The New York Times ran PR for NBC’s Olympic Coverage, previewing exciting results from NBC’s game-changing research. ESPN, CBS and other networks covering sports made these discoveries years ago, but why quibble when someone important lets you sit in his office?
NBC has learned online viewership is significant and enhances, rather than detracts from the prime-time TV audience.
“To our great happiness we learned the digital experience was enhancing the TV experience, so we made the decision to stream the closing ceremony live,” said Mark Lazarus, the chairman of NBC Sports Group. NBC had not streamed the opening ceremony.
The network also has confirmed (brace yourselves) tablets and mobile devices are going to be a thing. NBC will even consider streaming non-Olympic sports events, such as the NFL. This would have been revolutionary…five years ago. Watch ESPN, right now, is streaming all content airing across ESPN networks and two women’s U-17 World Cup matches. Time Warner Cable allows one to stream his or her entire cable box onto the device of their choosing.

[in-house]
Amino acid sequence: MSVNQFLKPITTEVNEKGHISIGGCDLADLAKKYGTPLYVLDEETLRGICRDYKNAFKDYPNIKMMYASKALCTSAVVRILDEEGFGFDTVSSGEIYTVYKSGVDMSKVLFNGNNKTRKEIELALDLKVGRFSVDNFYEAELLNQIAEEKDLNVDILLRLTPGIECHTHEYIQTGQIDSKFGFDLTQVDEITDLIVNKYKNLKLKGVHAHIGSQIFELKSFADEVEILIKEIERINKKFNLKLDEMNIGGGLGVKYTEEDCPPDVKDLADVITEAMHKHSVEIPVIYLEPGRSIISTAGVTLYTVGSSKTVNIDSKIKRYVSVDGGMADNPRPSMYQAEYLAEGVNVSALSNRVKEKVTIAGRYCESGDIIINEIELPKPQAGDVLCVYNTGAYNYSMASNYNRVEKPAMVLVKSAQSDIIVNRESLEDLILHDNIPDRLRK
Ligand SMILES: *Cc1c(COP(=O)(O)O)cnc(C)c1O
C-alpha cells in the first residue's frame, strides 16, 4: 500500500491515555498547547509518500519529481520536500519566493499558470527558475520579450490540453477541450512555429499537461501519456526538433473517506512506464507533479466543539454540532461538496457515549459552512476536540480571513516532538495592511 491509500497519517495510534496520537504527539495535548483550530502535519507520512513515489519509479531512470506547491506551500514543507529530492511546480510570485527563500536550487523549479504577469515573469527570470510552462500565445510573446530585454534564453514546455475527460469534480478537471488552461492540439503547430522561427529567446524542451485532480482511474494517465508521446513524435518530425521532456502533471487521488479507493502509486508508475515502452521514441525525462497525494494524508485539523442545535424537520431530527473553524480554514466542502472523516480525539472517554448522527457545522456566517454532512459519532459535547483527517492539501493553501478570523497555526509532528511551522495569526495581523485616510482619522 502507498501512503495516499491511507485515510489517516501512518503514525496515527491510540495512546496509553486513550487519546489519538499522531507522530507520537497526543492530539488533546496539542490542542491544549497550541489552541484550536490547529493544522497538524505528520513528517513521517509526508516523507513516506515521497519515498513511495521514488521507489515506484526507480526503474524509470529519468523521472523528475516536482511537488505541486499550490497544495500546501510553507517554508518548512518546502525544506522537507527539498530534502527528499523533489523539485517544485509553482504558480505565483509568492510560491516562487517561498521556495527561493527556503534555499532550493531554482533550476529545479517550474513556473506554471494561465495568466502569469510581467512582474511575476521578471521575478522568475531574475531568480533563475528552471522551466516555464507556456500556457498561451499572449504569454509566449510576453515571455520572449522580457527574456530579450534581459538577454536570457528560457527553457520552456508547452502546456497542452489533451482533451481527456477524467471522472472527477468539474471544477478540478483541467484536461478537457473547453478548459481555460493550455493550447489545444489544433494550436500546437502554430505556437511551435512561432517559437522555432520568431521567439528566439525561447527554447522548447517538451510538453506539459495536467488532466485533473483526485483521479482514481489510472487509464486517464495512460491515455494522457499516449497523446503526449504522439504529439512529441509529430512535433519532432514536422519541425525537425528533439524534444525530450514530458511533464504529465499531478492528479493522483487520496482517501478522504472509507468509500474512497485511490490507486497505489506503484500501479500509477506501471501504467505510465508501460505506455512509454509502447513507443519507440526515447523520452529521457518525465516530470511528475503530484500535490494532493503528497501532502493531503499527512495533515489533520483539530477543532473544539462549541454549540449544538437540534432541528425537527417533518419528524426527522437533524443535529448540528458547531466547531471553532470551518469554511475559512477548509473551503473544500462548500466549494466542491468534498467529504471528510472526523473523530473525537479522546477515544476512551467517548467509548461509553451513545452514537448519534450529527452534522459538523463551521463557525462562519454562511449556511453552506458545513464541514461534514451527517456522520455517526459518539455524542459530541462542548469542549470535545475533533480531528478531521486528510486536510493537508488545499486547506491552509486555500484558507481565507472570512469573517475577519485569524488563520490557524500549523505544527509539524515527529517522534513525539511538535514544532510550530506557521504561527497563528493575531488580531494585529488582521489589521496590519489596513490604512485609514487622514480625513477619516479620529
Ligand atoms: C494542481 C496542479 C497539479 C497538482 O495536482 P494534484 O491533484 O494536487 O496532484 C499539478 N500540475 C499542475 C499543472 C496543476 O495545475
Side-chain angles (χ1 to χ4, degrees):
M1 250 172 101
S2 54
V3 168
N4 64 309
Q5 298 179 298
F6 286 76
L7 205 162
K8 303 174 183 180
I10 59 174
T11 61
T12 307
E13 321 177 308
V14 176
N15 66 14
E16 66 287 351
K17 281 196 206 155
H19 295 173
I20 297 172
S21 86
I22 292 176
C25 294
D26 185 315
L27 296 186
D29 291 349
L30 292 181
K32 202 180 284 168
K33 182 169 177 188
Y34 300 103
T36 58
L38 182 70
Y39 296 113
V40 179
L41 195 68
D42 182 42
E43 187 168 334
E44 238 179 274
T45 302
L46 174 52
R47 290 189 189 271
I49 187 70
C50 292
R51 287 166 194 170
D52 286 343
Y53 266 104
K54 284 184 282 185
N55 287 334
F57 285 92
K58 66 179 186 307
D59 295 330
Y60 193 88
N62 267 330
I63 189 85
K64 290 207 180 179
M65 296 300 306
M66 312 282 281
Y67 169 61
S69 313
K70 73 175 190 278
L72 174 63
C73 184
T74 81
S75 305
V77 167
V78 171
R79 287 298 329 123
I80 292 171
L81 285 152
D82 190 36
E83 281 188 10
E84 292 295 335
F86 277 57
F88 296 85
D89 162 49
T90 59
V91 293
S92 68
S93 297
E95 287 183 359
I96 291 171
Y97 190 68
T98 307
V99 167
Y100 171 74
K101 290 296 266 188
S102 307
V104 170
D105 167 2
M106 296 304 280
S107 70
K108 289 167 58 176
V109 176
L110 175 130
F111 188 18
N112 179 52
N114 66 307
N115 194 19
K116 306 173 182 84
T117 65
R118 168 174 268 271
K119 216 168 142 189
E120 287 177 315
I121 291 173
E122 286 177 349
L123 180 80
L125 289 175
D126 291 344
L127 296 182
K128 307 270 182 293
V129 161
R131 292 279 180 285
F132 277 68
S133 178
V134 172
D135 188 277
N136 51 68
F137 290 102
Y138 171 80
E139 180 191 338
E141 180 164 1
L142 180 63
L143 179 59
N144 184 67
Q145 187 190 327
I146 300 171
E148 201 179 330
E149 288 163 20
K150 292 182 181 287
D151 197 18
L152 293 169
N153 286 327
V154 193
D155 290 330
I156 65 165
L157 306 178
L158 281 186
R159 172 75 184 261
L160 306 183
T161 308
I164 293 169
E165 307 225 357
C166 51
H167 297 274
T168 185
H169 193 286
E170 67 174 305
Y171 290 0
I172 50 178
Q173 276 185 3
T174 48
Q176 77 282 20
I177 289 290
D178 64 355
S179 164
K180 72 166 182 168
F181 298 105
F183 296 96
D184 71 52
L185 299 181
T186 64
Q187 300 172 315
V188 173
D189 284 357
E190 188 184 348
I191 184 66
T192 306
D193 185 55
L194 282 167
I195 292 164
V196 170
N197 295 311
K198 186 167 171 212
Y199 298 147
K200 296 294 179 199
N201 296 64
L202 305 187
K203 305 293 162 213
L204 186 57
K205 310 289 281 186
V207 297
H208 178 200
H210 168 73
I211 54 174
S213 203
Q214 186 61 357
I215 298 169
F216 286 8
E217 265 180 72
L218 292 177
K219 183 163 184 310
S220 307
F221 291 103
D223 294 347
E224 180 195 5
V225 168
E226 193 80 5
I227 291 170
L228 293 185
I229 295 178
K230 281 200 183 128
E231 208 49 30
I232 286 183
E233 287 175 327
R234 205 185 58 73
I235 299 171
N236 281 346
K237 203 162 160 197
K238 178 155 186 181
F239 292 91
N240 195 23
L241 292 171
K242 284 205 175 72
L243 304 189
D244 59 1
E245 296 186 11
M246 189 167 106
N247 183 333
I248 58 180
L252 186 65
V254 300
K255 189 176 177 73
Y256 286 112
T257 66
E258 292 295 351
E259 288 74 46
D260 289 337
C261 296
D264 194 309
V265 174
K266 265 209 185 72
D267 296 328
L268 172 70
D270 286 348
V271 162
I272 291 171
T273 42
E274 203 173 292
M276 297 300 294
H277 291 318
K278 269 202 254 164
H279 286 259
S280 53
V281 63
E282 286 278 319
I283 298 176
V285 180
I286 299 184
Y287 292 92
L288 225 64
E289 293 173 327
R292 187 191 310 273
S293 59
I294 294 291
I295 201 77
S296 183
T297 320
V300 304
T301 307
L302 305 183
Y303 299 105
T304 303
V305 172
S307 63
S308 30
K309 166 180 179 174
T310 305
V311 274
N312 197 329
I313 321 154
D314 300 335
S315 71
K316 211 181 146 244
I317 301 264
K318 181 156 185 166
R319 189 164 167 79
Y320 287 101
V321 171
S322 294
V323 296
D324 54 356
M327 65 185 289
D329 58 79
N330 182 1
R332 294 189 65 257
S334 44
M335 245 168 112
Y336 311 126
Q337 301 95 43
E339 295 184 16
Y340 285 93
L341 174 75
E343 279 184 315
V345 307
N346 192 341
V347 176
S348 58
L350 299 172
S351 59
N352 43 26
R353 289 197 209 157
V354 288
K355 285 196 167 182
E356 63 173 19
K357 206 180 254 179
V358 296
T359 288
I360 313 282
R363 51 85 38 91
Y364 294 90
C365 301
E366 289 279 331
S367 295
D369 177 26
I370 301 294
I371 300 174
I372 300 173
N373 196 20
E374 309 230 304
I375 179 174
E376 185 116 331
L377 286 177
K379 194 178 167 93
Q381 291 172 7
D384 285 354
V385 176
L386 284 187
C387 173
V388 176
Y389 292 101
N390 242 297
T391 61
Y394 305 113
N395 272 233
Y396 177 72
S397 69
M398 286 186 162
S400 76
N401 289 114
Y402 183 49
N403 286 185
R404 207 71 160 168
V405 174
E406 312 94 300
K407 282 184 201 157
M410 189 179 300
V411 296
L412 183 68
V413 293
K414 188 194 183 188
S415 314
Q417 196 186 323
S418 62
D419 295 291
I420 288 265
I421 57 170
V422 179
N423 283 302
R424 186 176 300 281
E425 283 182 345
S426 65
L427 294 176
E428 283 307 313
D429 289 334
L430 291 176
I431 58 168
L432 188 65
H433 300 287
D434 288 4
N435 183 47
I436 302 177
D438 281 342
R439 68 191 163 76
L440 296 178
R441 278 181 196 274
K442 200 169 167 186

We would point out how NBC could have used events amenable to live broadcast, such as the Men’s 100m final at 5:00pm ET on a Sunday, to promote NBC Sports Network. However, by the time NBC figures that out the line between Internet streaming and cable will have blurred so much the distinction will be irrelevant.
Some might quibble about NBC’s coverage being patronizing and jingoistic, but the major reasons #NBCFail happened were (a) blocking American viewers from watching the Opening Ceremony live and (b) having live streaming that, for many, was entirely unreliable. NBC resolved problem A before the Olympics ended, streaming the Closing Ceremony. Problem B should be resolved by 2014.
[Photo via Getty]